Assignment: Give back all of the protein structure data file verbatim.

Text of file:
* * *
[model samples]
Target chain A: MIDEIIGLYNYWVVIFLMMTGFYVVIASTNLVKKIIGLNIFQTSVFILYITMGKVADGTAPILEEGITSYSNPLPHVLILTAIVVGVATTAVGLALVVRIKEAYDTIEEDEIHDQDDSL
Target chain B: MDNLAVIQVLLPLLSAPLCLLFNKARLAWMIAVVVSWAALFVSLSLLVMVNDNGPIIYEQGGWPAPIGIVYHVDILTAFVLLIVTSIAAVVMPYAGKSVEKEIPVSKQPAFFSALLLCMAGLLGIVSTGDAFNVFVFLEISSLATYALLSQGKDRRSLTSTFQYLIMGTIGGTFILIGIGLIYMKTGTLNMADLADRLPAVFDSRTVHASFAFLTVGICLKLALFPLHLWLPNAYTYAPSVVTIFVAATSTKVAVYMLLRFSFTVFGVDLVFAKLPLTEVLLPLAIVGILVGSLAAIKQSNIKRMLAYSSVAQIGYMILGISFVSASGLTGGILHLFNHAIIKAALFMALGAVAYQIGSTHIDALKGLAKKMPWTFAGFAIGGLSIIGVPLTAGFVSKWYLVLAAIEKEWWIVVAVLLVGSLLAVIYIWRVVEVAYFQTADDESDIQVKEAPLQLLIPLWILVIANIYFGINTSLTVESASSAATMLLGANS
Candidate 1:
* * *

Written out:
[model samples]
Target chain A: MIDEIIGLYNYWVVIFLMMTGFYVVIASTNLVKKIIGLNIFQTSVFILYITMGKVADGTAPILEEGITSYSNPLPHVLILTAIVVGVATTAVGLALVVRIKEAYDTIEEDEIHDQDDSL
Target chain B: MDNLAVIQVLLPLLSAPLCLLFNKARLAWMIAVVVSWAALFVSLSLLVMVNDNGPIIYEQGGWPAPIGIVYHVDILTAFVLLIVTSIAAVVMPYAGKSVEKEIPVSKQPAFFSALLLCMAGLLGIVSTGDAFNVFVFLEISSLATYALLSQGKDRRSLTSTFQYLIMGTIGGTFILIGIGLIYMKTGTLNMADLADRLPAVFDSRTVHASFAFLTVGICLKLALFPLHLWLPNAYTYAPSVVTIFVAATSTKVAVYMLLRFSFTVFGVDLVFAKLPLTEVLLPLAIVGILVGSLAAIKQSNIKRMLAYSSVAQIGYMILGISFVSASGLTGGILHLFNHAIIKAALFMALGAVAYQIGSTHIDALKGLAKKMPWTFAGFAIGGLSIIGVPLTAGFVSKWYLVLAAIEKEWWIVVAVLLVGSLLAVIYIWRVVEVAYFQTADDESDIQVKEAPLQLLIPLWILVIANIYFGINTSLTVESASSAATMLLGANS
Candidate 1: